Bacon: can something so good be bad for you? Recent reports have shown that bacon is one of many processed meats that might be linked to an increased risk of cancer. The American Cancer Institute has stated that even a relatively small amount of bacon, less than 2 strips per day, can increase the risk of colorectal cancer by 21 percent.
Recent studies have also associated the consumption of processed meats and red meat as well as high-temperature cooking methods of meat products to an increase in risk for renal cancer, heart failure, diabetes as well as several other forms of cancer.
The fact that these products and methods of preparation contain carcinogens, which increase the risk of cancer, has prompted a debate on whether meat products should contain warning labels in order to inform customers of the potential risks associated with the consumption of these food items.
But many meat lovers have reacted to the news with anything from disbelief to rage at what they consider to be an anti-meat campaign. Many people were left debating whether the studies have proven beyond the shadow of a doubt that meat consumption does involve these risks and that everyone who does it certain amounts of processed meats will suffer the predicted consequences.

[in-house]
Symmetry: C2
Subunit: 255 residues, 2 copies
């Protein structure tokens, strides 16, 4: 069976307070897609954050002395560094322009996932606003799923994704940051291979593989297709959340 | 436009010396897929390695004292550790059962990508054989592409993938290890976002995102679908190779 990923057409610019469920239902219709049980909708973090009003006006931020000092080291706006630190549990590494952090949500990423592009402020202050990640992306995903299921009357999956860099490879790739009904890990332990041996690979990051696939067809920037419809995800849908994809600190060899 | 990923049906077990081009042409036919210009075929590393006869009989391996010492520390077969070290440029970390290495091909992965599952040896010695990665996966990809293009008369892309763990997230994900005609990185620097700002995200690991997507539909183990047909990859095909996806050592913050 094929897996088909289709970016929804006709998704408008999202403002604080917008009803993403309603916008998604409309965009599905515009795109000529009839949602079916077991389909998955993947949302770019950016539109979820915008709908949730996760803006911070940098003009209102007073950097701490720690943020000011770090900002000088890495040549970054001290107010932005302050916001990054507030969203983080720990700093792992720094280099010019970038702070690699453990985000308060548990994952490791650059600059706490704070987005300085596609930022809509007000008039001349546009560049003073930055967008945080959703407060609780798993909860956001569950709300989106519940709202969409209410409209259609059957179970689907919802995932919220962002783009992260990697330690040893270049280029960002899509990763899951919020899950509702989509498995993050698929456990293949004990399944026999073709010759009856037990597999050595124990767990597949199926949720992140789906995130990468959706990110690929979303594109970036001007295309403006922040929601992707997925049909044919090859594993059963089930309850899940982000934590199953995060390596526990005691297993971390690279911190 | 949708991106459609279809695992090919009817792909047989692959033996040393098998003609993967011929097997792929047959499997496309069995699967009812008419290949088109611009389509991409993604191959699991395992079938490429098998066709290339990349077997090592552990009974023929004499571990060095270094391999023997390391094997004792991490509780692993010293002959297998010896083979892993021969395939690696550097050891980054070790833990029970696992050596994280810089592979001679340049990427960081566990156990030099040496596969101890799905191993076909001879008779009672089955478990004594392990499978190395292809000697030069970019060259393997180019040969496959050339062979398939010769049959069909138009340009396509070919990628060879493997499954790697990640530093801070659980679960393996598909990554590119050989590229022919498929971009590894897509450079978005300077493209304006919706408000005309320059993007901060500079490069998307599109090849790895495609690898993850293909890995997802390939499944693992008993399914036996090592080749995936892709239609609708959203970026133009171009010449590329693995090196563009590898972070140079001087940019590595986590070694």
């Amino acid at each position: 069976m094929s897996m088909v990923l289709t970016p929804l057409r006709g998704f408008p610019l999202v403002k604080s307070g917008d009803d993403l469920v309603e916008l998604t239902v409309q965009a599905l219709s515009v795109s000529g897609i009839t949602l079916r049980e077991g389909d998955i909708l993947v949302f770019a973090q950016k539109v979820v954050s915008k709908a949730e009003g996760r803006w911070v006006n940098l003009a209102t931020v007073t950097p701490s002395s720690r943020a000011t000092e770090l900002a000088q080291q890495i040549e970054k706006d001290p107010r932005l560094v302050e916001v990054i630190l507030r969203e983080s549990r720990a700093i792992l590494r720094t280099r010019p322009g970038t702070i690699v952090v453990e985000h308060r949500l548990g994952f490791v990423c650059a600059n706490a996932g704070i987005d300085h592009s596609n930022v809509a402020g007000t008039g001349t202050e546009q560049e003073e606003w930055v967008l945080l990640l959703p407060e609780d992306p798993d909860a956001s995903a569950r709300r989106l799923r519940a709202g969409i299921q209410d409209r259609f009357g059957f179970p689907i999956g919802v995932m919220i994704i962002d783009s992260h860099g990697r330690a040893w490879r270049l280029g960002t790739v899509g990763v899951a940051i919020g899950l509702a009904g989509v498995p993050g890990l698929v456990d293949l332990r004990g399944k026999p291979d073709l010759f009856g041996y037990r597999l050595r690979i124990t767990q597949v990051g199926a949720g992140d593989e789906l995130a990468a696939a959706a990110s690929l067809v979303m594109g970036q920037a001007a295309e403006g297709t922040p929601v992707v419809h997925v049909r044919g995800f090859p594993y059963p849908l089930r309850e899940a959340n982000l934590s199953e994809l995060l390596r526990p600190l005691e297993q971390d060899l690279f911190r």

Scientists have since explained that what the research indicates is not meat will inevitably kill you but rather that certain types of meat eaten in high quantities could increase your risk of developing certain diseases. This does not mean that all the people involved in the studies that were recently published on the matter have suddenly started to recommend that people eliminate meat form their diets completely or become vegan.
The studies have rather aimed at warning people that consuming large quantities of certain meat products could be very dangerous. The answer, according to specialists, is not eliminating meat from your diet but rather being careful of how much of it you eat and in what form. As always, a balanced diet is the best option in order to avoid increased risk of many diseases, not just cancer.
And while some interpretations of the new research may have been extreme, the point that scientists are trying to get across to the general public is that people must be aware of how much meat they consume, how dangerous it is for their health depending on whether it is red, processed or cured, and how it is prepared, since certain cooking methods pose less threat than others.
So while bacon isn’t good for your health in large quantities, no food is if you eat too much of it. The point is rather to be careful not to eat it excessively than not to eat it at all.
Image source: www.pixabay.com